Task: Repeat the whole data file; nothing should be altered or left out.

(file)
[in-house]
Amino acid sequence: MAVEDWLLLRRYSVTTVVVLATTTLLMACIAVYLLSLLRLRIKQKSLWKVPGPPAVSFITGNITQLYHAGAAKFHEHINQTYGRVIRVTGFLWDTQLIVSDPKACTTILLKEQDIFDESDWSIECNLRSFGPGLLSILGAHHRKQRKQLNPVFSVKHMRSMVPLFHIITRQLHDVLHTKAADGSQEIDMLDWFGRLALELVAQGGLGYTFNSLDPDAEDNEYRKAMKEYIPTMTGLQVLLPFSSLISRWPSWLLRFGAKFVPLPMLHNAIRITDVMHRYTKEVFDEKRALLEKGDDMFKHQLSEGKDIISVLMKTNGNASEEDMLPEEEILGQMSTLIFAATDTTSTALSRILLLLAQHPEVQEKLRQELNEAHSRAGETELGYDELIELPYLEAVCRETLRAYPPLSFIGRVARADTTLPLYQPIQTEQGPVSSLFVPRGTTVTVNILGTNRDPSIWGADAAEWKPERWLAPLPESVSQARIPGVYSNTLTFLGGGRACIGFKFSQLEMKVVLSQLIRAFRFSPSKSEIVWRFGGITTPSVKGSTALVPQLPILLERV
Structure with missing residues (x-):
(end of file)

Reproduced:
[in-house]
Amino acid sequence: MAVEDWLLLRRYSVTTVVVLATTTLLMACIAVYLLSLLRLRIKQKSLWKVPGPPAVSFITGNITQLYHAGAAKFHEHINQTYGRVIRVTGFLWDTQLIVSDPKACTTILLKEQDIFDESDWSIECNLRSFGPGLLSILGAHHRKQRKQLNPVFSVKHMRSMVPLFHIITRQLHDVLHTKAADGSQEIDMLDWFGRLALELVAQGGLGYTFNSLDPDAEDNEYRKAMKEYIPTMTGLQVLLPFSSLISRWPSWLLRFGAKFVPLPMLHNAIRITDVMHRYTKEVFDEKRALLEKGDDMFKHQLSEGKDIISVLMKTNGNASEEDMLPEEEILGQMSTLIFAATDTTSTALSRILLLLAQHPEVQEKLRQELNEAHSRAGETELGYDELIELPYLEAVCRETLRAYPPLSFIGRVARADTTLPLYQPIQTEQGPVSSLFVPRGTTVTVNILGTNRDPSIWGADAAEWKPERWLAPLPESVSQARIPGVYSNTLTFLGGGRACIGFKFSQLEMKVVLSQLIRAFRFSPSKSEIVWRFGGITTPSVKGSTALVPQLPILLERV
Structure with missing residues (x-):